King Laeghaire seems not to have become a Christian, but his chief bard and his two daughters were converted, as was a brother, who, we are told, gave his estate to Patrick for the founding of a church. From this time on, Patrick's apostolate, though carried on amid hardships and often at great risk, was favored by many powerful chieftains. The Druids, by and large, opposed him, for they felt their own power and position threatened. They combined many functions; they were prophets, philosophers, and priests; they served as councilors of kings, as judges, and teachers; they knew the courses of the stars and the properties of plants. Now they began to realize that the religion they represented was doomed. Even before the Christian missionaries came in strength, a curious prophecy was current among them. It was written in one of their ancient texts: "Adze-head (a name that the shape of the monk's tonsure might suggest) will come, with his crook-headed staff and his house (the word chasuble means also a little house) holed for his head. He will chant impiety from the table in the east of his house. All his household shall answer: Amen, Amen. When, therefore, all these things come to pass, our kingdom, which is a heathen one, will not stand." As a matter of fact, the Druids continued to exist in Christian Ireland, though with a change of name and a limited scope of activity. They subjected Patrick to imprisonment many times, but he always managed to escape.
In 439 three bishops, Secundinus, Auxilius, and Iserninus, were sent from Gaul to assist Patrick. Benignus, an Irish chieftain who was converted by Patrick, became his favorite disciple, his coadjutor in the see of Armagh, and, finally, his successor. One of Patrick's legendary victories was his overthrow of the idol of Crom Cruach in Leitrim, where he forthwith built a church. He traveled again in Ulster, to preach and found monasteries, then in Leinster and Munster. These missionary caravans must have impressed the people, for they gave the appearance of an entire village in motion. The long line of chariots and carts drawn by oxen conveyed the appurtenances of Christian worship, as well as foodstuffs, equipment, tools, and weapons required by the band of helpers who accompanied the leader. There would be the priestly assistants, singers and musicians, the drivers, hunters, wood-cutters, carpenters, masons, cooks, horsemen, weavers and embroiderers, and many more. When the caravan stopped at a chosen site, the people gathered, converts were won, and before many months a chapel or church and its outlying structures would be built and furnished. Thus were created new outposts in the struggle against paganism. The journeys were often dangerous. Once, Odrhan, Patrick's charioteer, as if forewarned, asked leave to take the chief seat in the chariot himself, while Patrick held the reins; they had proceeded but a short way in this fashion when the loyal Odrhan was killed by a spear thrust meant for his master.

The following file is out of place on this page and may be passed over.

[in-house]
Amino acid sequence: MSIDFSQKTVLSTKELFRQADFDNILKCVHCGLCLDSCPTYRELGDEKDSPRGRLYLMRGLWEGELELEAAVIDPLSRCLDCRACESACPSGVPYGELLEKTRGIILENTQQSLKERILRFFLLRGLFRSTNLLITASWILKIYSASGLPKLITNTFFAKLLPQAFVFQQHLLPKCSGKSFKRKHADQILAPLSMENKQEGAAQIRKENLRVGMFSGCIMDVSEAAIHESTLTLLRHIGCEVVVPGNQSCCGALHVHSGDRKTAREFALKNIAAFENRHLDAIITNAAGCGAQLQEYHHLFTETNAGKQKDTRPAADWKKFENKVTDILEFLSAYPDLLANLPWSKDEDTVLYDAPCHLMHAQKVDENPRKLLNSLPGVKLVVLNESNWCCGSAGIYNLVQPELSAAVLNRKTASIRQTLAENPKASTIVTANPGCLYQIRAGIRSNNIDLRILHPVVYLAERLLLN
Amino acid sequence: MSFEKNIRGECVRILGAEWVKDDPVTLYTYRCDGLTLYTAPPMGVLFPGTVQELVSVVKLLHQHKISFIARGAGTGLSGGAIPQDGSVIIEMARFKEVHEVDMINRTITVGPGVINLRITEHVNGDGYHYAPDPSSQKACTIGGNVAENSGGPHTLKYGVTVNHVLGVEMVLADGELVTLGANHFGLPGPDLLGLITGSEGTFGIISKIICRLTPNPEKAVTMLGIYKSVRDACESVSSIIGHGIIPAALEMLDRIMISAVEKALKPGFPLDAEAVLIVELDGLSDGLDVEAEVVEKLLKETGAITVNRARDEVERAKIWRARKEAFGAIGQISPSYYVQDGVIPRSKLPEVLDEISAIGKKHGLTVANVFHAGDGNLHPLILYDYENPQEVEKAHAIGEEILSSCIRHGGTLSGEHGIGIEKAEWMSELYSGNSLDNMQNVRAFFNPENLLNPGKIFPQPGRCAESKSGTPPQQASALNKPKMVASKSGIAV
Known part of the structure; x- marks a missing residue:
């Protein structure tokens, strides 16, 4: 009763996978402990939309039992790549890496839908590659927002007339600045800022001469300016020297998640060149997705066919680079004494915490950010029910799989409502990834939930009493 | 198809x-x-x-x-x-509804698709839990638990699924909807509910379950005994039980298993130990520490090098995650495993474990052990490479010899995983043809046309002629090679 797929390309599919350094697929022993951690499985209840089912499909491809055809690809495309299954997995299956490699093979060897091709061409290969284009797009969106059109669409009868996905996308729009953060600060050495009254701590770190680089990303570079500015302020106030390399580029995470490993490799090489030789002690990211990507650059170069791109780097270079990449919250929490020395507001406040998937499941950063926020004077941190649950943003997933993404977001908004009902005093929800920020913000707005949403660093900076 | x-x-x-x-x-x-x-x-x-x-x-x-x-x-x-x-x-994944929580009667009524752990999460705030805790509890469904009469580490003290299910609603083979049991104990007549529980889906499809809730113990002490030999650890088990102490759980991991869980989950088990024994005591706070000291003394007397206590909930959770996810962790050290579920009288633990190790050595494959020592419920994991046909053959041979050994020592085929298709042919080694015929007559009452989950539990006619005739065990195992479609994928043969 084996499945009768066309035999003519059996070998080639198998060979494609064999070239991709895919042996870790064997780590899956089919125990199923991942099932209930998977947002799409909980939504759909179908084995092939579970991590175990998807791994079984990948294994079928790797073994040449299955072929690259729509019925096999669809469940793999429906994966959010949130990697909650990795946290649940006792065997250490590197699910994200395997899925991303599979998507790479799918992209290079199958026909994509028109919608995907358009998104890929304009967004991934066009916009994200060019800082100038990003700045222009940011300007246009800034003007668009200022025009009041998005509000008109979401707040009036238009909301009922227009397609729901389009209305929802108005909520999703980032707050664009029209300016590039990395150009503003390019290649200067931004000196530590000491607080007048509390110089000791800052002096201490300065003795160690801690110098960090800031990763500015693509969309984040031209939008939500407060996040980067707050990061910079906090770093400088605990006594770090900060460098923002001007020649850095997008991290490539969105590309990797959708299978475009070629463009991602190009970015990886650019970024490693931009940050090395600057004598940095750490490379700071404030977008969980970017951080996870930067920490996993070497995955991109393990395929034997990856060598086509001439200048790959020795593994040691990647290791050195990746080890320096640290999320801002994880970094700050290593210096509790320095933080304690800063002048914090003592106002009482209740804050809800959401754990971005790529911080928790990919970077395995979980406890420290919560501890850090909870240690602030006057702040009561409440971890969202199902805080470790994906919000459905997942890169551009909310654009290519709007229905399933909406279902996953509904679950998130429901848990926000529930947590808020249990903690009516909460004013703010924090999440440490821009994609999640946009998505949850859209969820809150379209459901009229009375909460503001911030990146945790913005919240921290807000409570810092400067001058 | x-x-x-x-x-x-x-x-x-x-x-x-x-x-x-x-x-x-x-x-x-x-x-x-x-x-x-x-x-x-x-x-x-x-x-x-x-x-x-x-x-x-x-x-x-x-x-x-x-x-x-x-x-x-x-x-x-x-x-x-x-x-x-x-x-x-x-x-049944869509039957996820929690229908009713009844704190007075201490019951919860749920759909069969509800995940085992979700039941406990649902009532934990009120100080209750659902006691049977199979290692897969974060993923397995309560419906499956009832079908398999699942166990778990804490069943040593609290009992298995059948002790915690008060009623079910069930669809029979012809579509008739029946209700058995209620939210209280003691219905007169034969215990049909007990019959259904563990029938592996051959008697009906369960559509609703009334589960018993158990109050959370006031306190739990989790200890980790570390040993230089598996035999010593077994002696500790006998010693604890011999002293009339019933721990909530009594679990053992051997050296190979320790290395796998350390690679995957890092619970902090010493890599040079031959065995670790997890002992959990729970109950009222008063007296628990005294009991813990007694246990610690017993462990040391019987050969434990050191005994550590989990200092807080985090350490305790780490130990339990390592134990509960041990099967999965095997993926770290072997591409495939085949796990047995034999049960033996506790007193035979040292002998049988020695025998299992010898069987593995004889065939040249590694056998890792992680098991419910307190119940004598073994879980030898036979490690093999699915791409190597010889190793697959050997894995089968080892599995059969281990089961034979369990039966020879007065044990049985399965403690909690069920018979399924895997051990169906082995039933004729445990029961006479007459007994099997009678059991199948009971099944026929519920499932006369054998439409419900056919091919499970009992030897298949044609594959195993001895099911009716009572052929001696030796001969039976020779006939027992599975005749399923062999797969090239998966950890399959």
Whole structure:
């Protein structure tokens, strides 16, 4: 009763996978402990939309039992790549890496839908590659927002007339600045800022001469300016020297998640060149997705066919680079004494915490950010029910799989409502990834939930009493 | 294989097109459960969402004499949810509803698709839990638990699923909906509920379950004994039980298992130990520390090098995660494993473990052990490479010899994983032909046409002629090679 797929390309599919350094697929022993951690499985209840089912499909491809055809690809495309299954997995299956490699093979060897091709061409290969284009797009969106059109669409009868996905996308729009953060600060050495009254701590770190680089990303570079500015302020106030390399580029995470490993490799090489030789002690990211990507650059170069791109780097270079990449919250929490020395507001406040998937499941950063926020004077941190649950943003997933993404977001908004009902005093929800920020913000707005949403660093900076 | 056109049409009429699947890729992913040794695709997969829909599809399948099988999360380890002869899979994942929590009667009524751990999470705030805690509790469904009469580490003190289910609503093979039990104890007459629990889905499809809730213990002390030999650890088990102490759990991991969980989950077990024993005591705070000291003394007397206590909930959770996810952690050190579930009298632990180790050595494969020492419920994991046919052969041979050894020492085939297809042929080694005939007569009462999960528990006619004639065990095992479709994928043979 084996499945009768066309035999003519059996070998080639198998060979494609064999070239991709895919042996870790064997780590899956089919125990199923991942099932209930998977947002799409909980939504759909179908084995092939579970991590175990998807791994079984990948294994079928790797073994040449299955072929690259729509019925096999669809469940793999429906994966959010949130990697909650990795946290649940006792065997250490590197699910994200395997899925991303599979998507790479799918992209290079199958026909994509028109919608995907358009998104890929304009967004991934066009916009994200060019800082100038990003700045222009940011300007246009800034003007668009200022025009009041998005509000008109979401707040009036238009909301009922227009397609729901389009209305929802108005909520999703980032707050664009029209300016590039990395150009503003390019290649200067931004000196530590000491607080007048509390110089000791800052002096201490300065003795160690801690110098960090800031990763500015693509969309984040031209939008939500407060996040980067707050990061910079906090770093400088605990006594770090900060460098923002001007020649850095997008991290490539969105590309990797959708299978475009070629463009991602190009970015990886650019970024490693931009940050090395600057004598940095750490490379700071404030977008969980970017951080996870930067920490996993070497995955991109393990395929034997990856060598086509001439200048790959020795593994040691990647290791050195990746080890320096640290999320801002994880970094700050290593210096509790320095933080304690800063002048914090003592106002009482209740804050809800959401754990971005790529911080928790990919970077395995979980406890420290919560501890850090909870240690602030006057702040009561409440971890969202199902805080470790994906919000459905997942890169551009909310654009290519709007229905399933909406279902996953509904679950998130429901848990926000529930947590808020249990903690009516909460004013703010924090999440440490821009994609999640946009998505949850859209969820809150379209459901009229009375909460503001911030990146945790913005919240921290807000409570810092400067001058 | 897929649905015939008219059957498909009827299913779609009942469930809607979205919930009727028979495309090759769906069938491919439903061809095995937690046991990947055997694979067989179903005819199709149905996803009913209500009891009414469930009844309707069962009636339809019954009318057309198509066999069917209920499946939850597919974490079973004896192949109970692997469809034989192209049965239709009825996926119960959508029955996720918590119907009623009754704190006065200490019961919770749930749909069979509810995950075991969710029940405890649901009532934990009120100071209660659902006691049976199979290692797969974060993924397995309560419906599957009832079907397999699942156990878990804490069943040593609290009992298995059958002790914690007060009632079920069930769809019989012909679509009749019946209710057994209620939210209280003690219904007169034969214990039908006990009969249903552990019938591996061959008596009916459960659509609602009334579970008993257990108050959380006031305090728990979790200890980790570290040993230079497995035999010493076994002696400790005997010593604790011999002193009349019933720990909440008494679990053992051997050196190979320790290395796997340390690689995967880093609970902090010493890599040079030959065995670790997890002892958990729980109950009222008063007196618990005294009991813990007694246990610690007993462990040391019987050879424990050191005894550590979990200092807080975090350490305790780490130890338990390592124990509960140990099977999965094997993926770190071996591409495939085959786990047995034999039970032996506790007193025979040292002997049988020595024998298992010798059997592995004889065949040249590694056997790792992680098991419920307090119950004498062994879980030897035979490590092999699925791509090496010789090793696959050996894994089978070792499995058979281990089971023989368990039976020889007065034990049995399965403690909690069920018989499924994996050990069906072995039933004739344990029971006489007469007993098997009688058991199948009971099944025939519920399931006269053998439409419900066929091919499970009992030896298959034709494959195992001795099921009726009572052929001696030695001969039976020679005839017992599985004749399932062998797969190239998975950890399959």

About the year 442, tradition tells us, Patrick went to Rome and met Pope Leo the Great, who, it seemed, took special interest in the Irish Church. The time had now come for a definite organization According to the annals of Ulster, the cathedral church of Armagh was founded as the primatial see of Ireland on Patrick's return. He brought back with him valuable relics. Latin was established as the language of the Irish Church. There is mention of a synod held by Patrick, probably at Armagh. The rules then adopted are still preserved, with, possibly, some later interpolations. It is believed that this synod was called near the close of Patrick's labors on earth. He was now undoubtedly in more or less broken health; such austerities and constant journeyings as his must have weakened the hardiest constitution. The story of his forty-day fast on Croagh Patrick and the privileges he won from God by his prayers is also associated with the end of his life. Tirechan tells it thus: "Patrick went forth to the summit of Mount Agli, and remained there for forty days and forty nights, and the birds were a trouble to him, and he could not see the face of the heavens, the earth, or the sea, on account of them; for God told all the saints of Erin, past, present, and future, to come to the mountain summit-that mountain which overlooks all others, and is higher than all the mountains of the West-to bless the tribes of Erin, so that Patrick might see the fruit of his labors, for all the choir of the saints came to visit him there, who was the father of them all."